“It has a warmth to it, as if people actually live in it,” said Danny Kaplan ’10, a race and ethnic studies major and planning committee member. “I saw the house many times during its construction, but I did not expect the finished product to look so homey.”

In the planning stages, clubs and students also identified the need for a place to cook together. “With the communal kitchen, they can meet and plan together. Different clubs can cook at the same time, and students can share ideas about what’s going on with their club,” said Mweu.

“The Glover Alston Center can bridge cultures in a very relaxed atmosphere without forcing conversations,” she said. “If you’re here to study and meet a friend, and you go to the kitchen to get a cup of water and you find another group there, maybe cooking together, a conversation is likely to come out of that interaction. ‘Tell me what is this that you’re making?’ or ‘What do these spices represent?’ They will be sharing their culture in a very organic way.”

“A welcoming gathering space is important to any student organization,” said Kaplan. “As a leader in Hillel-Salom, I know the importance of a warm and functional space to maintaining interest and enjoyment. With lounge space, a movie room and a kosher kitchen, meetings and events at the Glover Alston Center should be easier to set up and a fun change of pace.”

Organizers also envision the house as having a distinctly educational component with documentary films, small-group discussions on student research and current issues, and opportunities for students to access expert speakers at events before or after lectures. “The faculty can use the dining room for seminars and programs,” said Chuck Cleveland, dean of students.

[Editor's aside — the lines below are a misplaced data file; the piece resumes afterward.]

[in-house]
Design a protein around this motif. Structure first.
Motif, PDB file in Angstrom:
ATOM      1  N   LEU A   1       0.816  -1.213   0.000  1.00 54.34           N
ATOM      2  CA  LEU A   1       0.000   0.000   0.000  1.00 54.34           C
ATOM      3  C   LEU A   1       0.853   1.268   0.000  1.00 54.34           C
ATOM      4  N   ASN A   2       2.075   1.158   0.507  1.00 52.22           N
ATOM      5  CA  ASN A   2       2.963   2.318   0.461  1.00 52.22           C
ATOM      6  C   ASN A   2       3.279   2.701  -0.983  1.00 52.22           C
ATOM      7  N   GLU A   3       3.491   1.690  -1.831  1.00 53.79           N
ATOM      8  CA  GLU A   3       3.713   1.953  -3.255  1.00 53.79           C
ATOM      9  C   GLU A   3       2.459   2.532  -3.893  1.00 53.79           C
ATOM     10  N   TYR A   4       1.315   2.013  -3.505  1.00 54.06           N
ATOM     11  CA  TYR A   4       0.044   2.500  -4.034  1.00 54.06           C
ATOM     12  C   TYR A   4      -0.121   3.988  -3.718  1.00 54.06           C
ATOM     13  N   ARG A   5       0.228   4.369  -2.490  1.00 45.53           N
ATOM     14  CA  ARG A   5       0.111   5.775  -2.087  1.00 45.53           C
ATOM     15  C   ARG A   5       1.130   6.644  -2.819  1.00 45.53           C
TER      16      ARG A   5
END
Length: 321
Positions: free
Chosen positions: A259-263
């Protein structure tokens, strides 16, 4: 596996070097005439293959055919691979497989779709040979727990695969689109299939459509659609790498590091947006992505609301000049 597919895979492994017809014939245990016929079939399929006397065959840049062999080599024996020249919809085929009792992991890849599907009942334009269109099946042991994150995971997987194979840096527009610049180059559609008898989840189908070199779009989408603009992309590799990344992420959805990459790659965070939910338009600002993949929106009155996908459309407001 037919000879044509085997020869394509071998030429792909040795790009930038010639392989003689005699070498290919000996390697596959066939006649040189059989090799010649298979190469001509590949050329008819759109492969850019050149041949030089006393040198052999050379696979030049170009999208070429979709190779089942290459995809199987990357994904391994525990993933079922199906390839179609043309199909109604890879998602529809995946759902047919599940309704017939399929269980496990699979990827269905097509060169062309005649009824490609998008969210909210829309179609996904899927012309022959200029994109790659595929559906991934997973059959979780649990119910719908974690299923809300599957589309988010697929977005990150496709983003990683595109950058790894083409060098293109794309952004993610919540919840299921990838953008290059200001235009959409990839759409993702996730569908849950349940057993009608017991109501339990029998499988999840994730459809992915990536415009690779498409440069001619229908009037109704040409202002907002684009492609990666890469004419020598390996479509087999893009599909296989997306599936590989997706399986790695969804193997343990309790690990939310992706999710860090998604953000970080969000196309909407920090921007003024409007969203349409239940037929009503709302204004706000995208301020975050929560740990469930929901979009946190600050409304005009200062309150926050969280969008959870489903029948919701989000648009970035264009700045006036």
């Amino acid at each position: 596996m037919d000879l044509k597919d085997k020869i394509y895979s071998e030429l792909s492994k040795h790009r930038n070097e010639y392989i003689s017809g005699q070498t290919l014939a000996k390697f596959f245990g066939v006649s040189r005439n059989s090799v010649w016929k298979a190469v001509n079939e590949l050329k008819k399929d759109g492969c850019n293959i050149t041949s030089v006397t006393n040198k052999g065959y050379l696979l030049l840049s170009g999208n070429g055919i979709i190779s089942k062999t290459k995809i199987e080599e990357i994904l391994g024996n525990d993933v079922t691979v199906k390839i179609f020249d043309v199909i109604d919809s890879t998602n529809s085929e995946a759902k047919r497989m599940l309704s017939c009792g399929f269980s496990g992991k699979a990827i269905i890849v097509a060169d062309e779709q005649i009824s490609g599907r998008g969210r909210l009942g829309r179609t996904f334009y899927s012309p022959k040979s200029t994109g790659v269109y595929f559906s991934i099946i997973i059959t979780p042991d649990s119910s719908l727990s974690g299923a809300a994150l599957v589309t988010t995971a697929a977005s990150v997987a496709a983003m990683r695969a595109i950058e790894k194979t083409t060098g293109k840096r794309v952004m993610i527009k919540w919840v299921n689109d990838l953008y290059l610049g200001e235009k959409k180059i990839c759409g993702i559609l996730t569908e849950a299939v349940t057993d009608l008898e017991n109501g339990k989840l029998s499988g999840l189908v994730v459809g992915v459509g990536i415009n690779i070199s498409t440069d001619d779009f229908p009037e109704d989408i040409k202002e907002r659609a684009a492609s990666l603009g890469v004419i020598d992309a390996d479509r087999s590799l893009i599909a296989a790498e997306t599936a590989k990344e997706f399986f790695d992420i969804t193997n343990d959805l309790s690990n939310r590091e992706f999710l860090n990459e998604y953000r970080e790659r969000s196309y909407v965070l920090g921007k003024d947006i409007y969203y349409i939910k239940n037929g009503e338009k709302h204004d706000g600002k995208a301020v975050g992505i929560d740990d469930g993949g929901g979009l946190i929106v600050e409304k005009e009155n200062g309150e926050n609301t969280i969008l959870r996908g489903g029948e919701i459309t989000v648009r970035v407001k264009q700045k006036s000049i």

“We hope that the general campus community will feel comfortable coming to this space,” said Mweu. “This is an atmosphere that is welcoming to people from different backgrounds.” In addition to clubs, faculty members, the alumni office staff and others have already expressed interest in hosting seminars, receptions and staff retreats in the space.

And the house is the perfect setting for students, staff and faculty to “study, hang out, talk and watch TV,” Wu said.

Mweu and Wu, pausing for a moment in the rush of the center’s opening week, sit on a deep, cushy couch the shade of paprika. The gas fireplace warming the room on this chilly day is topped with a mantel rescued from the wood of a campus catalypa tree felled by a windstorm a few years ago. As they reflect on the journey that culminated in this moment and this special place, they also ponder the work yet to do: Furniture for the patio and front porch; additional furnishings, plants and homey accents inside; and funds to support programming are on the wish list.

Still, the house right now is pretty terrific.

“We hope this will be a house well used,” Mweu said.

Cleveland describes it simply this way: “It’s a place of fun and learning.”